Indian Infrastructure: Attracting World Interest
Indian Infrastructure: Attracting World Interest
ECONOMY & POLICY

Indian Infrastructure: Attracting World Interest

Funds, policies, technologies and a winning attitude, this defines the Indian infrastructure financing sector today. The first assets created under this National Infrastructure Pipeline are now generating revenue, thus whipping up more investor interest. The bonds market has seen significant refo...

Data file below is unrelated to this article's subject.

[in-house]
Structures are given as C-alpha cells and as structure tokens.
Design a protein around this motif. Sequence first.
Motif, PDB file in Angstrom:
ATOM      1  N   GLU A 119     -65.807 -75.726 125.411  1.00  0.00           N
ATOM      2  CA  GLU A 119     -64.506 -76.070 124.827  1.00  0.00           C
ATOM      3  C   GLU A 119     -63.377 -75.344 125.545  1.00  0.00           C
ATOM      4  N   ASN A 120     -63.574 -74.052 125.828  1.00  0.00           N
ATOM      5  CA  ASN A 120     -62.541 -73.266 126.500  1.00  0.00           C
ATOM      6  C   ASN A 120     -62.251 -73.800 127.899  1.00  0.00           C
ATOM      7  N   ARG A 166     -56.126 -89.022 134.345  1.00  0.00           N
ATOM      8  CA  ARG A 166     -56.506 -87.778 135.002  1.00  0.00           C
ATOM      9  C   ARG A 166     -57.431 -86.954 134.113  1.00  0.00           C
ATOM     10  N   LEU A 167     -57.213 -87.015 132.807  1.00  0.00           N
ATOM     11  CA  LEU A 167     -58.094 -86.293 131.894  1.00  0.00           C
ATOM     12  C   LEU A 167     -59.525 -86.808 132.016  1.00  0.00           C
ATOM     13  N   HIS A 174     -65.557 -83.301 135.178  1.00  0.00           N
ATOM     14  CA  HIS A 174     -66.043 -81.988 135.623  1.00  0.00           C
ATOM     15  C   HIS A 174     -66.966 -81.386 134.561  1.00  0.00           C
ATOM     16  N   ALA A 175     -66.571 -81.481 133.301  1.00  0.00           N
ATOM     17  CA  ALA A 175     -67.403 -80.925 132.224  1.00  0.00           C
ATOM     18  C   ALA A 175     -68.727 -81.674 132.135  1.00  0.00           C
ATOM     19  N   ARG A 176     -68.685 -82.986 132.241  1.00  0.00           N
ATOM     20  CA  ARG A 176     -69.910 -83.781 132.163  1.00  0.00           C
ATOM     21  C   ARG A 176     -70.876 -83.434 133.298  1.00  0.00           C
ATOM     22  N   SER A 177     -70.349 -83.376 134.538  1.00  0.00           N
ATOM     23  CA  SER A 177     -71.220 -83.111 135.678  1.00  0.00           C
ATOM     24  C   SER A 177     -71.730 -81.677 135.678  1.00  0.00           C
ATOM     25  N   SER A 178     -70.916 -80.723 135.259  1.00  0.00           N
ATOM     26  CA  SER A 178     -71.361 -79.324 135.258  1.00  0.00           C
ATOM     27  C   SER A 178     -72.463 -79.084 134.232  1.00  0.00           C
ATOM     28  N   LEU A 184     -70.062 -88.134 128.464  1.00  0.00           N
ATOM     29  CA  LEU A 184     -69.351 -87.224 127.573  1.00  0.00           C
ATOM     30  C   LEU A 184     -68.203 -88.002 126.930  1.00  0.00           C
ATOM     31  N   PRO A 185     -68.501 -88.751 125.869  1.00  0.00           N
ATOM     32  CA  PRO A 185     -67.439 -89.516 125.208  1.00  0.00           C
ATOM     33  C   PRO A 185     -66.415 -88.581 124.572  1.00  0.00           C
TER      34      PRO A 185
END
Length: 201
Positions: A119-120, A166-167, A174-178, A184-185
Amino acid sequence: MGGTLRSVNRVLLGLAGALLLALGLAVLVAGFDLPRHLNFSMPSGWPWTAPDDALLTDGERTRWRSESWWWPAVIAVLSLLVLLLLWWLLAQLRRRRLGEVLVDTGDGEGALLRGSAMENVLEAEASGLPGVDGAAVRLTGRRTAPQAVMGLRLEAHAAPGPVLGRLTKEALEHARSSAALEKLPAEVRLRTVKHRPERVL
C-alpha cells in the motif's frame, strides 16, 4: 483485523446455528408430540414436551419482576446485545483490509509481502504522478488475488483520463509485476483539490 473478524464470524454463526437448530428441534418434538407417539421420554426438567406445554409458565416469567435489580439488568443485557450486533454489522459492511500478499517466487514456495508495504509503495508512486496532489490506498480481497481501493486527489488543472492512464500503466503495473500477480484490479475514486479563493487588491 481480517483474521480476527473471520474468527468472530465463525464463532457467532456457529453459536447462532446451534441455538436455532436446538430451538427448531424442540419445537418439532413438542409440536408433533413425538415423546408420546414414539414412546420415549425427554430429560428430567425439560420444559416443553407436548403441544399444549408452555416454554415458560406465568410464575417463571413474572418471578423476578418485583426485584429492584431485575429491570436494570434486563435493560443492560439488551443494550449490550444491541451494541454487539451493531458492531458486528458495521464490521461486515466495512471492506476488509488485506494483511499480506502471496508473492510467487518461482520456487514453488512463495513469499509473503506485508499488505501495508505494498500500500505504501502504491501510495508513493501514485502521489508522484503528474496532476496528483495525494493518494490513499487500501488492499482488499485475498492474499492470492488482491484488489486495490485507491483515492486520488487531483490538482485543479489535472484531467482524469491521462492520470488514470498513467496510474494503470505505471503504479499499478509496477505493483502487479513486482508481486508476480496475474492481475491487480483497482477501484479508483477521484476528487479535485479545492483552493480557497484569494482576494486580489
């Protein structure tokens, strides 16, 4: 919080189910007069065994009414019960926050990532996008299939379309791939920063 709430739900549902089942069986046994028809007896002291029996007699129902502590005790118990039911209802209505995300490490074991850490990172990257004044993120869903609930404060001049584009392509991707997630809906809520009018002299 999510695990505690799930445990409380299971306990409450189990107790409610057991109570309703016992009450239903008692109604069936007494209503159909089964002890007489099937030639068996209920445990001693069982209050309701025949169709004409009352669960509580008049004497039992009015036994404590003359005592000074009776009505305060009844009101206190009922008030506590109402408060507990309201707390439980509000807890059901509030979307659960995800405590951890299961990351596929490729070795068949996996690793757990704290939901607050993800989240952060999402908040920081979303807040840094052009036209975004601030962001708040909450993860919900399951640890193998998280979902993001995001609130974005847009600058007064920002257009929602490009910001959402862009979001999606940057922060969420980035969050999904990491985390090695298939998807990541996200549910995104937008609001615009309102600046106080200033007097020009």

Funds, policies, technologies and a winning attitude, this defines the Indian infrastructure financing sector today. The first assets created under this National Infrastructure Pipeline are now generating revenue, thus whipping up more investor interest. The bonds market has seen significant reforms. The government remains the largest driver, but the private sector funds are not far behind. This sector has passion, drama, excellence and the winning attitude todayFinancing Indian infrastructure is the world’s interest today. From pension funds in Canada to provident funds across the world, all look at parking long-term funds in the Indian system. As more funding becomes available, so does expertise. Or was it the other way round?Significant change happened in 2019 when the country drew up its National Infrastructure Pipeline. In saying this Padmanabhan Raja Jaishankar, Managing Director India Infrastructure Finance Company (IIFCL), articulated what most experts in the field have been saying. “The National Infrastructure Pipeline (NIP) is an unprecedented development because I don’t think any other country in the world can boast of this kind of system where at a centralised level you have a list of infrastructure projects being developed at different stages and in different sectors. So much information flow is happening at the NIP. This was followed by a National Monetisation Pipeline, a subset of the NIP, which gave the fillip to the possibility of asset churning. It is all about bringing back more capital. So, it will actually be a capital relief which is going to really help and generate more projects with the same level of fund flow.” That monetisation aspect is the key to the current level of infrastructure development. The need for long-term funds to finance the long-gestation projects was realised in 2006 itself when the IIFCL was established during the process of setting up the public private partnership (PPP) model. This kind of an entity was required because understanding and providing for long-term finance was essential those days. But the aspirations of each sector needed to be defined, its regulations fixed, risks assessed and sectors prioritised. Most importantly, the legacy problems needed to be addressed and fixed with policy interventions and meticulous regulation. Public finance needed to be allocated with stringent monitoring to be able to deliver the first round of reforms that would then bring back more capital into the system. In the words of Parminder Chopra, Chairman and Managing Director Power Finance Corporation, (PFC), a Maharatna public sector undertaking, which also holds majority stake in REC, “Policies need to be tailor-made and flexible to meet the needs of various sectors. In the 1980s and 1990s, India’s power deficit was consistently in the range of 15-20 per cent. It was then that PFC was set up as a dedicated institution to cater to the financing needs of the power sector. We understood the sector like no other, which enabled us to play a developmental role in the sector, in addition to that of a long-term financier for the power sector. During the subsequent decades, we facilitated a tenfold growth in installed capacity, partnered the Government in implementation of various sectoral reforms and witnessed the country turning power surplus, bringing the sector to where it is today.”As a result, today an array of finance options has been created. Long-term funds needed to be sourced and supplied differently by different organisations. Some to fund the green aspirations of a rapidly growing India, others to take the risk off the primary lenders, the banks, whose short-term capital was financing long-term projects. Yet others were to concentrate on sectors which needed not just funds but policies set right to pull them out of the poor financial and operational levels they were functioning at. More than anything the country needed to spell out its aspirations which would reflect the aspirations of the nation and provide funds required to finance the infrastructure required.Explains Jaishankar, “We needed to source long-term funds and we had to supply long-term funds. That was the essential purpose with which this entity was set up. Multilateral organisations became the major source of funding such initiatives. IIFCL's first line of assistance was to fund infrastructure projects which were greenfield. This majorly happened in the roads sector, followed by the power sector. It was only after the first decade of the new millennium that other sectors also started following this model. And gradually it got to other sectors as well, with airports, ports and various other new sectors coming into play. So now it is more or less an order of private investments which needs to actually complement the public investment to set the sector going. GDP Aspiration: The starting point of this infrastructure turnaround was a robust Gross Domestic Product (GDP) aspiration of a government that reflected the aspirations of the people. Today every head of an infrastructure finance organisation that I spoke to, clarified that the nation’s aspiration had to reflect the citizens’ aspiration. The words of Vivek Dewangan, Chairman and Managing Director REC, typify the attitude of infrastructure lenders: “Policies are driven by the expectation of the consumer. We have to meet the aspirations of the people.” Lenders also spoke of low or zero non-performing assets, operational efficiency of the project and therefore the capital. Meticulous self-evolved assessment processes are now being evolved. The infrastructure financing companies are today a mix of public, private and hybrid funds sourced domestically and globally. Tenures have grown and so have returns on investment. “Financial products are evolving in accordance with the requirements of various infrastructure sectors. Effective monitoring is also a critical element involved in utilising this capital well towards nation building through infrastructure development”, says Chopra of PFC.Shiva Rajaraman, Chief Executive Officer  NIIF Infrastructure Finance (NIIF IFL), the infrastructure debt fund (IDF) which finances private sector and PPP projects, gives his take on the size of the infrastructure financing market and how it has and needs to attract both debt and equity capital. The starting point is India’s GDP of around $ 3.8 trillion. Adjusted for an infrastructure spend of 6 per cent, PPP and private sector segment of 25 per cent, proportion of debt of 70 per cent, rupee component of debt of 80 per cent, the size of the rupee-based infrastructure lending market for PPP/private sector projects in FY 2024 is estimated at around $ 32 billion.Out of this, we expect banks/ NBFCs to finance $ 20 billion in FY 2024. The balance $ 12 billion would need to be raised from other sources including pension/ provident/insurance/ wealth/ sovereign funds, private credit, HNIs, endowment/ impact funds etc.Increasingly, equity infusion has been, and is expected from pension funds (including Canadian) and private equity platforms, apart from Indian family developer groups. The above is expected through different instruments with varying long tenors including plain vanilla non-convertible debentures (NCDs), zero coupon bonds (ZCBs), mezzanine instruments, loans, Green/ Sustainable bonds etc.In this process a category of investment advisory arms of financial majors, such as SBI Caps, evolved to guide the fledgling sector. Explains a senior executive, “We advise on the uses of funds and sources, structuring and guiding them. The choices have to be based on projects and clarity. We try to find strategic partners and financial investments etc.” Today these investment advisors extend support in external equity capital, plain vanilla, mergers and acquisitions (M&A), start-up finances etc. There are no sectoral limits or restrictions. The advice is for working capital or refinance. The sectors are infrastructure and other projects such as oil & gas, roads, commercial real estate, cement and steel etc.So where are we in the cycle of reforms?Learning curve: Starting at the bottom in 2006, this all-inclusive portfolio has benefitted from the learning curve with a lot of on-the-job learning, particularly in the roads, airports and power sectors. Explains Jaishankar, “We had a lot of hiccups and some issues and challenges as well because of the first-time execution, we needed to understand a lot of things very well - for example, land acquisition. Then approvals, dispute resolutions, safeguards and credit enhancements. After 2014, many of these experiments have stabilised and we now have single window approvals for many of the sectors. We have faster resolutions. The arbitration mechanism has become much faster, we now have the Insolvency and Bankruptcy Code, we have the National Company Law Tribunal (NCLT), and have also put the SARFAESI Act  in place.” This allows banks and financial institutions to recover assets if the borrower is not able to pay back the borrowed amount. This activity from the government and private sector, has pushed investors to be very active. Even in the long term, investors have been showing a lot of interest because of the promise that the sector holds. Operational advancement based on a strong learning from operational executions have been complemented with financial sector reforms. One of the biggest financial reforms was enhancing credit access to different kinds of funds in India and abroad. New age instruments include Infrastructure Investment Trusts (InvITs), Infrastructure Development Funds (IDFs), masala bonds and a number of other credit enhancement mechanisms. The bond market has been very active now. Rajaraman of NIIF IFL explains the changes relating to the bonds market. “The development of the bond market in the context of infrastructure, has been slower than expected, but positive. NIIF IFL borrows only through the issuance of bonds and therefore this market is very important for us. The quality i.e. credit rating of bonds issued and the quality of issuers, both have improved significantly in the last few years. So, the average quality of issuances is now A+, as against BBB four to five years ago, based on publicly available data from rating agencies like CRISIL. The tenor of bonds has also improved. Earlier you had very short tenor issuances. Now, because of demand for long term bonds from pension, provident and insurance funds, there have been significant higher quality issuances with tenors ranging from 5 to10 years. Liquidity/ trading is also a critical parameter which determines the extent of development of the bond markets. Trading has seen some improvement because of various initiatives by regulators. For example, SEBI mandated that a certain percentage of all funds raised by specified category of corporates, has to be through the issuance of bonds.”This new phase of growth of bonds, debt markets and more investors has really started because of the returns that have started coming in now. Jaishankar attributes this to the fact that assets that were started in 2006 have started yielding results now. By 2018 to 2020 assets being created in the early phase were completed. The completed assets started earning revenue and became an asset class of its own. So that has again evinced interest of investors. Jaishankar says almost 40 per cent of infrastructure assets are now completed and earning revenues. “Today Rs.29 trillion is the loan book of banks and the NBFC Infrastructure Finance Companies. Approximately `13 trillion is the potential new-age asset class which is up for churning. This `13 trillion can be a source of capital for doing more business without additional capital.”With infrastructure evolving as a very bright destination for investors, a number of investors already having had a feel of the market, big funds - provident funds, superannuation funds and insurance funds which have globally been seeking to invest in infrastructure projects, are making a beeline to India. “Airports have led the way to even greenfield investments,” says Rajaram. “These people have started investing in greenfield projects and other areas such as expansion of airports. The Foreign Institutional Investors (FIIs) have also started investing. The game is just beginning. And I see a great future and bright investment opportunity for many investors in infrastructure.”Risk definition and mitigation: For Jaishankar, “As far as infrastructure is concerned, the main risk is construction risk which comprises many component pieces - land acquisition, approvals, inter-ministerial and inter-departmental coordination. During the process of construction, one has to face a number of issues - legal and contractual issues, these are all the normal risks that an infrastructure project would face. And it depends on the sectors - to what extent they have been able to put in place the concessions, to have control over their systems and processes.”Explains the merchant banking professional “The major risk mitigation factor was creating 5, 10 and 15-year loans. This was a major uncertainty earlier and gave the banks more comfort. In many cases partners also brought debt. The debt risk was brought down by bringing equity. So, hybrid capital was the answer. The bank lending became about 20-25 per cent. About 25 per cent was the sweet spot that gives the lender more comfort. Private credit players have become more active in infrastructure credit. Risk assessment: Rajaraman says that NIIF IFL created a whole new proprietary system of risk assessment and management to manage the ten key heads of risks. “The broad heads under which we assess risk are - promoter risk, regulatory risk, market risk, financial risk, technology risk, financing risk, construction risk, operations risk, resource risk and security risk.“For example, market risk could consist of assessment of demand-supply, pricing, quality of off-takers (i.e. counterparty risk), quality of output etc. In projects that we finance, there is no construction risk as we are permitted to provide funding only at the operational stage.Resource risk in wind power projects, for example, would include assessment of wind availability, wind intensity and wind speeds, resource risk for solar power projects could include assessment of the extent of irradiation (i.e. receipt of sunlight on the surface of solar panels), resource risk for “run of the river” hydro power projects, could include assessment of rainfall availability. In the context of security risk, we look at availability of security, charge to lenders and enforceability.“In respect of promoter risk, we must be the only organisation in India that has a formal framework of grading promoter groups (example – G1, G2, G3 etc). Based on this grading, we decide how much we want to lend to the group. The Reserve Bank of India (RBI) permits a certain percentage of net worth that can be provided as loans to a single promoter group.We do not lend right upto the limit, to every group; rather we lend up to whatever our grading framework mandates us.“In the context of counterparty risk, we have a grading system to assess off-takers like discoms (power distribution entities owned by state governments). Our liquidity buffers (called debt service reserves) are sized based on this grading.“We provide non-recourse financing to “ring-fenced” projects. For example, if ABC group collapses (like IL&FS group collapsed a few years back), our project would remain unaffected because we depend principally on the cash flows of the project and not on undertakings, guarantees etc of payment by the promoter. Our financing is structured in such a manner that we are not dependent on the promoter group at all.”What does a promoter group bring to any infra project? For Rajaraman, “A promoter (i) acquires land, (ii) secures approvals, permissions etc from the government (iii) brings his share of equity into the project and (iv) gets the construction completed (v) undertakes operation and maintenance (O&M) of the project.”Since NIIF IFL comes in only into the operating stage of a project, risk factors (i), (ii), (iii) and (iv) are already mitigated. “The only point on which we are dependent on the promoter group, is in respect of O&M of the project. We have insulated our company from this risk also, by having a contractual right to replace the O&M operator with an O&M operator of our choice if certain parameters are not met, which we check on a periodic basis.”Apart from that, for example in solar power projects, “we are the only lender in India who gets solar modules tested under lab conditions to assess degradation over the next few years. The output of this lab report is what we use in our financial model for making long-term financial projections.”NIIF IFL has a graded system of liquidity buffers - this includes funds set aside in case of any eventuality so that there are no delays in payment of principal and interest to us from the borrower, in any unforeseen eventuality. “For example, during Covid, toll booths for road/highway projects were shut and there was no toll collection. We have a six-month debt service amount, set aside from project cash flows and kept in a separate fixed deposit or in a mutual fund, so that under such eventualities, we (as a lender) get our payment in time.We also have a surplus cash pooling mechanism. If a promoter has five different projects in five different states and we have funded more than one of them, we have a pooling mechanism so that in case there is a deficit in one project, the surplus of the other projects could be utilised to pay the debt service (i.e. principal + interest) of this account. It is a firm contractual arrangement and not an informal arrangement.”NIIF IFL also the only lender who has, in recent years, been connecting its software to that of the solar plant “so that we can get minute by minute updates, i.e., “real-time monitoring” in respect of generation and performance of the equipment. Normally lenders refer to audited statements which are obtained 3-6 months after the end of the quarter or year – this cannot be “early warning” as the data is received late. Our online assessment is intended to track projects and equipment on a minute-by-minute basis so as to provide us “early warning” signals of anything going wrong in the project.”“Fastag” data i.e., data on electronic toll collection for roads has really revolutionised monitoring aspect of project finance to the sector. Earlier there used to be a worry that some of the cash collected at tollbooths, may be syphoned out prior to deposit in the escrow account on which lenders have a charge. “After implementation of “Fastag”, on PPP projects in national highways, this risk is almost eliminated because the toll collection comes directly to the escrow account. NHAI proactively provides data on 'Fastag' toll collection, enabling lenders like us to monitor our projects more effectively.”Power sector: Power sector reforms have been one of the most significant in the Indian marketplace. With two highly competent public sector Maharatnas financing the reforms, it is on its way to becoming one of the very well managed infrastructure sectors. The excitement and enthusiasm is clear in both the Power Finance Corporation and the REC. This was imperative as currently India’s power consumption track record is just a third of the world average. As the problems get fixed and the country marches towards becoming a developed country in the next 25 years, power consumption will at least catch up to global averages. With regulators and lenders using the carrot and stick policy to enforce reforms, there has been significant improvement of processes and operations. Basic infrastructure access was the first step. Explains Vivek Dewangan, CMD, REC, “We were able to achieve universal access to electricity in record time; 100 per cent village electrification was achieved in 987 days against the target of 1,000 days given by the Prime Minister Narendra Modi. Thereafter we resolved the household electrification issues. We covered about 20.86 million households in 18 months. These are two major milestones. After universal access to electricity was achieved in 2018-19, now whatever policies are being framed by the Central or State Governments, are from the perspective of consumers.There is a history to this stand. With electricity in the concurrent list of the Constitution, both Central and State Governments have their roles to play with regard to policies in the electricity sector. As Dewangan says, “Having resolved the issue of universal access to electricity, the consumers started demanding 24x7 reliable, quality and affordable power.” Many reforms started after universal access to electricity, thanks to the Deen Dayal Gram Jyoti Yojana and the Saubhagya scheme. Now the Revamped Distribution Sector Scheme (RDSS) has been launched in July 2021 with an outlay of more than `3 trillion. “This is a path breaking initiative targeting to improve the operational and financial efficiency of the distribution companies and also to ensure 24x7 reliable power to the consumer.” PFC group, along with its subsidiary, REC, is designated by the Government of India as the nodal agency for implementation of RDSS and the Late Payment Surcharge Rules (LPS), two of the key ongoing reforms in the distribution sector. It is essentially a carrot and stick policy, where past unpaid dues were computed and converted to equated monthly instalments to be paid by the state entities. Explains Chopra of PFC, which also has a stake in REC, “Under RDSS, out of the total sanctioned loss reduction projects worth Rs.1.4 trillion tenders for 88 per cent have been floated and 70 per cent of the works are awarded. Remarkable progress has been made in smart metering, with about 200 million smart meters sanctioned and tenders for installation of about 90 million smart meters awarded. The impact of the scheme is evident from the consistent improvement at an all-India level of AT&C losses over the past two years - 16.42 per cent  in FY 22  and 15.85 per cent in FY 23 (provisional) – compared to 21.5 per cent losses in FY 21. Explains Chopra of PFC, “Other performance parameters like cash-adjusted revenue gap, receivable days, payment days etc. have also registered marked improvement from the levels seen two years ago. Significant improvement is also seen in the compliance culture of discoms, in the form of timely filing and issuance of tariff orders and submission of quarterly and annual accounts. Equally noteworthy is the success of LPS Rules. The legacy dues payable by distribution utilities have come down to Rs. 580 billion, down 58 per cent from their peak level of Rs.1.4 trillion. Current dues are also being monitored rigorously with the help of PRAAPTI portal, which is set up and maintained by our subsidiary, PFCCL. Power regulation is resorted to, for discoms where outstanding dues are not paid by the trigger date. This has brought in much needed fiscal discipline in the sector, which is helping all the players across the power sector value chain.”Dewangan, whose REC Ltd. became the 12th Maharatna company in India in 2022, says “Major bottlenecks of the distribution sector was affected by certain issues - they had legacy dues from the Government Departments of Rs.1.35 trillion, they had legacy subsidy, State Governments keep announcing subsidies to certain targeted populations but they failed to pay that amount to the distribution companies in lieu of the electricity they are giving free of cost to certain classes of consumers. Regulatory issues were there - the State Electricity Regulatory Commissions tariff petitions were not being filed in time. They were not able to issue the tariff order in time, the tariff was not truly cost-effective, leading to high AT&C losses and gap in ACS and Average Revenue Realised (ARR). RDSS has addressed all these issues. “Distribution companies have committed to a certain trajectory for bringing down AT&C losses, which have been supported by the State Government Cabinet resolution. State governments have committed to bring down state government department dues, to clear the legacy subsidies and they have started paying the current subsidies in advance. For Q3, they have already paid the advance subsidy in Q2. The tariff petitions are being filed in time. Tariff orders are being issued in time and now the Ministry of Power has impressed upon the State Electricity Regulatory Commissions that tariff should be truly cost reflective. If the cost of power being produced by state utilities are `4-5 per unit, they should be able to recover it because they have to pay their O&M cost, salary payment of their staff, etc. In this direction, State Governments are committed to this trajectory. Now we can see the improvement. Government department dues have come down from Rs.1.35 trillion to Rs.630 billion, subsidy dues have come down from Rs.1.30 trillion to Rs.600 billion. They have committed that this will be paid in the next 3-4 years. By 2025-26 it will all get cleared. State governments have actually started paying current subsidies in advance. All these have led to reducing AT&C losses which have come down by 5 per cent, from 22 per cent to 17 per cent in one year. RDSS is aiming to bring down AT&C losses to below 15 per cent. And some of the states are targeting to bring AT&C losses to single digits, below 10 per cent.” Having addressed the legacy issues at the state level, user pay charges are also being addressed. Pre-paid smart meters are expected to play a very crucial role in improving the collection and billing efficiency of distribution companies. With Late Payment Surcharge (LPS) reforms by the Ministry of Power, the virtuous cycle has been kick-started.  When distribution companies paid the dues of Gencos and Trancos in time, their LPS of 12-15 per cent was waived off. They have been asked to clear their dues in a maximum of four years in 48 equated monthly instalments. Most of the Discoms have opted to clear the dues even earlier - some of them have already started clearing the dues, most will clear the dues in 2-3 years. Explains Dewangan, “LPS rules have brought in liquidity. They have borrowed from REC /PFC and paid to distribution companies and the distribution companies have started paying Gencos and Transcos. Health of Gencos and Transcos has also improved and distribution companies have also got payment from government departments. So, the major pain of the distribution sector is being addressed. Right now, the liquidity situation is improving. Renewable power: Supplementing this is the massive thrust in India towards renewable power resources and sustainable growth. Chopra of PFC estimates the resources required. “According to various estimates, the total funds required to finance India’s Net Zero Transition by 2070 ranges from $10 trillion to $20 trillion – around 80 per cent of which is in the power sector, around15 per cent in the industrial sector and the balance in mobility. In the Indian context, about 60 per cent of the fund requirement would come from domestic sources and the remaining has to be mobilised from international markets – through bond markets and MDBs, green funds etc. So, we are looking at a figure of not less than $4 trillion from the International Financial Institutions.”NIIF IFL lends only to the private sector and PPP projects, provided they are financially, operationally and environmentally sustainable. Explains Rajaraman, “Green hydrogen projects are still some time away - it could take a few years. In terms of generation, there is a huge market for solar and wind energy. This is expected to be accompanied by storage projects. Pumped hydro storage is a relatively new prospect and a cost-effective method of storing electricity.If you are going to get so much generation, you also need transmission networks to keep pace. Transmission projects are extremely safe. Once they are constructed, it is almost like an annuity project and there is not much difficulty in maintenance. Power Grid Corporation, being the nodal agency of the Government of India, is a very good counterparty in terms of credit rating and payment track record.”For Chopra of PFC, the largest lender in the power sector, with about 20 per cent market share and an outstanding loan book to power sector at Rs.4.4 trillion, supporting about 230 GW i.e. over 50 per cent of the country’s installed capacity, the future looks bright. “In the past decade, we have consciously adapted our business model to increase the renewable energy business, by integrating climate risk into our appraisal, lending and pricing strategies. As a result, our RE assets have grown at a CAGR of over 30 per cent during the period and today we have the largest RE loan book in the country amounting to Rs.520 billion. Till date we have funded RE projects of over 54 GW with cumulative sanctioned loans of about Rs.2 trillion and cumulative disbursement of around Rs.1 trillion.”In this direction, PFC has partnered with multilateral agencies and foreign developmental institutions to secure low-cost funding for projects that contribute to India’s net zero objective. A significant milestone in this effort is the partnership with Japan Bank for International Cooperation (JBIC), under its initiative titled Global Action for Reconciling Economic growth and Environmental Preservation initiative. The funds under the facility would be used by PFC to finance its renewable energy portfolio.PFC is also the first company from India to join the Asia Transition Finance Study Group (ATFSG), an initiative led by the Japanese Ministry of Economy, Trade and Industry (METI), for promoting sustainable transition finance in Asian countries. But emerging technologies are going to be opportunities as well as a challenge. There are multiple options and different challenges to be met. Dewangan of REC says, “In renewable energy, the major risk is technological advancement. Renewable energy is intermittent so we need storage solutions for round-the-clock power supply. Customised solutions are battery related storage. Again, we are going to be dependent on imports because we don’t have resources of lithium ion. Pump storage hydel solutions are the best for India but there are associated risks of resettlement and rehabilitation in hydel projects and cost is also on the higher side. The third solution is the hydrogen fuel cell where a lot of research is already taking place. The other niche area is green hydrogen, green ammonia - it is very difficult to transport and store green hydrogen. To transport and store, it would be better to convert it into green ammonia. There is a huge demand for green ammonia. But the cost of generation of green hydrogen is about US$ 5-6 per kg as of now. Until and unless the cost comes down to US$1 per kg, it will not be viable commercially in the long term. We need to develop electrolyser technology to bring the cost down of green hydrogen and green ammonia.”Suggestions: There are various suggestions put forward by the government or third parties. Jaishankar of IIFCL says: “The infrastructure sector needs to be looked at holistically and an infrastructure law must be established to address the concerns and priorities of all stakeholders. There is a need to expand the bipartite structure of concession agreements into a tripartite one, involving the lenders. This expansion would introduce several beneficial practices, such as conducting ratings prior to granting concessions. At the concession authority level, it is necessary to bifurcate the termination payment system and transfer it to the domain of insurers. This could facilitate the adoption of the new product by insurance firms and also instil confidence among investors and lenders. Further it is necessary to have measures to encourage institutions such as Employees Provident Fund Organisation (EPFO) to participate in infrastructure financing. After the IL&FS crisis they had almost stopped coming. If such institutions could be mandated to invest in at least the better corporates, it could trigger buying and selling of bonds. Also, there is a need to introduce a category of market makers. An institution that provides buy and sell both to help improve tradability of bonds. Rajaraman takes heart from the fact that many of the policy and regulatory changes relating to Infrastructure Debt Funds (IDFs) were addressed in the August 8 speech of the RBI governor. “Infra debt funds were earlier permitted to fund only BOT road/ highway projects.Now other categories of road/ highway projects have been permitted for financing, including TOT etc. That is a clear positive. Earlier we could not raise External Commercial Borrowings (ECB ) loans from foreign institutions. Now RBI has permitted it. Today we can raise funds through green/ sustainability bonds or loans from IFC (an arm of the World bank), ADB, FMO or any other institution which was not allowed earlier. Additionally, more IDFs could be set up, provided they conform to certain regulations and secure RBI permissions”Clearly, India’s infrastructure growth is no flash in the pan. It has been meticulously planned, keeping in mind the aspirations of the country and its citizens. Facilitating finance, removing past bottlenecks, securing global investor interest and still adhering to India’s lofty green and sustainable goals and ambitions, this sector has set global investor interest on fire. It is expected to continue for at least the next couple of decades. Long-term finance, technologies and policies are being facilitated. However, the funds are available only to those who toe the financial literacy and management line. The urban municipalities sector, despite its potential, will be hard-pressed to source these funds unless they can improve their ratings. For those who value performance, it is a case of winners all.  - E Jayashree Kurup